Presentation on theme: "Age Differences in Emotion Recognition of Briefly Presented Faces Lisa Emery, Kory Morgan, Kaitlyn Pechanek & Caitlin Williams Reprints may be obtained."— Presentation transcript:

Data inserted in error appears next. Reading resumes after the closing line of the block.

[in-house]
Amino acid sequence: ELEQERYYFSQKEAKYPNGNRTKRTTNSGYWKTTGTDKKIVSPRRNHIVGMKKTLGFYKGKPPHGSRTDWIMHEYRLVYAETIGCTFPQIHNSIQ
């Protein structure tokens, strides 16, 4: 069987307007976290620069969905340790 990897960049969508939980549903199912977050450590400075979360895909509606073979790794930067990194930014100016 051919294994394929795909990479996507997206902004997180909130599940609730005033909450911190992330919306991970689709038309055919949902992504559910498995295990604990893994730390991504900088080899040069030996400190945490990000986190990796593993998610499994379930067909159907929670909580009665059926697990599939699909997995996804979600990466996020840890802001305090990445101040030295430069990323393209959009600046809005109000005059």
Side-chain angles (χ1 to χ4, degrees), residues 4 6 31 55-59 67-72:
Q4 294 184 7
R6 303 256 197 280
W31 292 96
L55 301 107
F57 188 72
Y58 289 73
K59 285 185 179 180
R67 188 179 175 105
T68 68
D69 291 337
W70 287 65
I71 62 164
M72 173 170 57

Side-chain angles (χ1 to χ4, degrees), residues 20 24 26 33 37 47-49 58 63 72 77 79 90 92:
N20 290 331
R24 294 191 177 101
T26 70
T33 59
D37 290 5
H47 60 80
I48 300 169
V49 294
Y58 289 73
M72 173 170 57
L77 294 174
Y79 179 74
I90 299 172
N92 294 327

Age Differences in Emotion Recognition of Briefly Presented Faces Lisa Emery, Kory Morgan, Kaitlyn Pechanek & Caitlin Williams Reprints may be obtained at agelabs.appstate.edu EXPERIMENT 1: METHOD INTRODUCTION EXPERIMENT 1: CONCLUSIONS 51 younger adults (Ages 18-22; M = 19.0, SD = 1.07; 29 Women) 31 older adults (Ages 61-81; M = 69.3, SD = 5.80; 20 Women) Participants Procedure EXPERIMENT 1: RESULTS There was a significant effect of Emotion Type, F(5,390) = 80.56, p <.001, Age Group, F(1,78) = 9.17, p =.003, and an Age Group x Emotion Type interaction, F(5,390) = 5.78, p <.001). Young adults found Happiness and Surprise easier to recognize than the four negative emotions, and Happiness easier to recognize than surprise (all p’s <.001). Older adults found Disgust, Happiness, and Surprise easier to recognize than Fear, Sadness, and Anger (all p’s.20). Overall, the performance in Experiment 2 was similar to the young adult’s performance in Experiment 1. The Effect of Emotion Type was significant, F(5,225) = 43.15, p <.001 and showed the same pattern as in Experiment 1. Neither the Condition Effect, F(1,45) = 0.38, p =.56, nor the Condition x Emotion Type interaction, F(5,225) = 0.11, p =.990, was significant. In Experiment 2, we tested an exploratory hypothesis that age-impairments in vision may partially account for this finding. Fifty young adults were randomly assigned to perform the same test with either typical pictures, or pictures “blurred” to mimic age-related visual declines. Previous research has found that, when identifying emotional expressions from static faces, older adults show impaired recognition for some emotions (e.g., sadness, fear, anger), but spared or even improved recognition on others (e.g., happiness, surprise, disgust). There are several limitations to previous research, however, including possible ceiling effects in young adults and a lack of ecological validity. In Experiment 1 we used a modified emotion recognition test in which posed emotion expressions were briefly presented in-between neutral expressions, in order to mimic fleeting emotional expressions and increase difficulty. In a second experiment, we tested the potential role of age-related perceptual decline in emotion recognition by mimicking these declines in younger adults. * Age Difference Significant at p <.05; None of these variables were associated with emotion recognition performance EXPERIMENT 2: METHOD EXPERIMENT 2: RESULTS Overall, the age differences in speeded emotion recognition mimic those found with static faces. We did not correct for possible response bias, which could, in part, explain older adults’ performance on this emotion. Participant Responses for Incorrect Answers When participants responded incorrectly, younger adults were more likely to respond “ANGER” than older adults were, and older adults were slightly more likely to respond “DISGUST” or “SURPRISE” than younger adults were. 36 Trials Total, 6 each of Anger, Disgust, Fear, Sadness, Happiness, Surprise Verbal response, recorded by Experimenter
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